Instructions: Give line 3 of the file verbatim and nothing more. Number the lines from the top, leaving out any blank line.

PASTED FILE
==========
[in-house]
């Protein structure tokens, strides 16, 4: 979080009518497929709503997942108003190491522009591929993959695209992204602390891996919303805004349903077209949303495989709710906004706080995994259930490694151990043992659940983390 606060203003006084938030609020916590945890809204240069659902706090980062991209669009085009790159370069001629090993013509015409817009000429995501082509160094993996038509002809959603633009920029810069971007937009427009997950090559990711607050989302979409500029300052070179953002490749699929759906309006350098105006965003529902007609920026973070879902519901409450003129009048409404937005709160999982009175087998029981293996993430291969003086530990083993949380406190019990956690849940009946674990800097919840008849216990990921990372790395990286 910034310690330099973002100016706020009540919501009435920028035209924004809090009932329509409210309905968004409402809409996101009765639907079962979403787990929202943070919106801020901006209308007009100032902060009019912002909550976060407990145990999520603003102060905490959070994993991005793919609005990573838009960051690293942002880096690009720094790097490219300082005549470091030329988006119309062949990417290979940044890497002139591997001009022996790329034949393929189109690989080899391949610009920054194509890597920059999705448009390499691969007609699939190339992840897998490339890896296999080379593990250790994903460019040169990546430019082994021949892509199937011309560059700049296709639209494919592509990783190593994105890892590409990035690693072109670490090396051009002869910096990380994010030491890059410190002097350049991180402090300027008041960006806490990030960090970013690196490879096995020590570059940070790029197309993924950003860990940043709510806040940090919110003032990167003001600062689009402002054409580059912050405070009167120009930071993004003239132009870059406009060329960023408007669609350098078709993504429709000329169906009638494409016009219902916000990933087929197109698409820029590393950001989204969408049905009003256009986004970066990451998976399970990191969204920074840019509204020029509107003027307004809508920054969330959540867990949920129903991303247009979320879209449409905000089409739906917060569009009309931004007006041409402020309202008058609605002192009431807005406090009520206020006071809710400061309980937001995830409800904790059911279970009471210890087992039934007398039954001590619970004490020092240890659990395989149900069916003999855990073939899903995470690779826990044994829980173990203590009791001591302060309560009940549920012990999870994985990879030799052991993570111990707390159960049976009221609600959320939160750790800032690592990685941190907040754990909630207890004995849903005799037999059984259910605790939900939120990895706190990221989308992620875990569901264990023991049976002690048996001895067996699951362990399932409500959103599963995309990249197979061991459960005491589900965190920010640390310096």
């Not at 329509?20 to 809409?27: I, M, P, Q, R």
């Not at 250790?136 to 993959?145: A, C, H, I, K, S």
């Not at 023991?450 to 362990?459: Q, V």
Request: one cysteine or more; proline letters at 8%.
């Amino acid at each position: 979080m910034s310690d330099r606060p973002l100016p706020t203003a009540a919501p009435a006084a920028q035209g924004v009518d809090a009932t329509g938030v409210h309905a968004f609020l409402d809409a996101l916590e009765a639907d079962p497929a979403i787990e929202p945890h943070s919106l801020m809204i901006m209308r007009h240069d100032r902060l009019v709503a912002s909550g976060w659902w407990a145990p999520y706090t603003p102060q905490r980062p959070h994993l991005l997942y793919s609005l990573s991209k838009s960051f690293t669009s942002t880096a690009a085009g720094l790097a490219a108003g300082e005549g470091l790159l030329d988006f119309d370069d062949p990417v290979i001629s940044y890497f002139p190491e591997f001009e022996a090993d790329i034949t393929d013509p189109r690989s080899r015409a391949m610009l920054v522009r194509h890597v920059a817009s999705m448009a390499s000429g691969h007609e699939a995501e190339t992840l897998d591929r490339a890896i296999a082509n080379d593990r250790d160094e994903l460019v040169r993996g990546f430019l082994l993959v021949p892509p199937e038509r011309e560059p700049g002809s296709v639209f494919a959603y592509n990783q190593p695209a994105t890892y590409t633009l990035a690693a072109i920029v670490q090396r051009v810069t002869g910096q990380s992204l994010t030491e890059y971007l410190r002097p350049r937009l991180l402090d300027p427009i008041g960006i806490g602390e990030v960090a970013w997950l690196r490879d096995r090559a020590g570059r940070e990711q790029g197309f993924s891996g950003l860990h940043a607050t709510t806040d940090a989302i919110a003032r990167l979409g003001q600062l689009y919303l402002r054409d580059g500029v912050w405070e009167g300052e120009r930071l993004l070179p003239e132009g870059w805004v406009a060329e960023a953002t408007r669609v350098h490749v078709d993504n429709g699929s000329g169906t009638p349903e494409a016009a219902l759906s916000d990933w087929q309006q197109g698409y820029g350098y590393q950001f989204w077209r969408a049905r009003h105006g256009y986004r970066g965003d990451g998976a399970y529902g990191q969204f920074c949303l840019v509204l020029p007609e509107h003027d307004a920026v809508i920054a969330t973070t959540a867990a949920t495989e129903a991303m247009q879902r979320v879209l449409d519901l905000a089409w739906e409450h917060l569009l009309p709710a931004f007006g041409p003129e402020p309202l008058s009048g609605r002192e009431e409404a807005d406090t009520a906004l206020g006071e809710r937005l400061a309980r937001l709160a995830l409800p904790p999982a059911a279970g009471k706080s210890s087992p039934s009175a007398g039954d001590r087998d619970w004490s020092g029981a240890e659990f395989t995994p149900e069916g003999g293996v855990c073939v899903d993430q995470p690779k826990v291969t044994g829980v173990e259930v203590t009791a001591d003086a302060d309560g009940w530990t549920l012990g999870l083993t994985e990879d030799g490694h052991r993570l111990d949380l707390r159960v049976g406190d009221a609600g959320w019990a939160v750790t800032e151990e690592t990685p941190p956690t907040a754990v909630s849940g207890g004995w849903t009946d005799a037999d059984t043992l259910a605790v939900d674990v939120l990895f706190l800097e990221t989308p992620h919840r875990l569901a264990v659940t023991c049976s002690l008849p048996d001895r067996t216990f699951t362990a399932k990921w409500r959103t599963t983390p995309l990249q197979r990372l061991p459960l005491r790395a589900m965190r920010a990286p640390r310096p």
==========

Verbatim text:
């Not at 329509?20 to 809409?27: I, M, P, Q, R």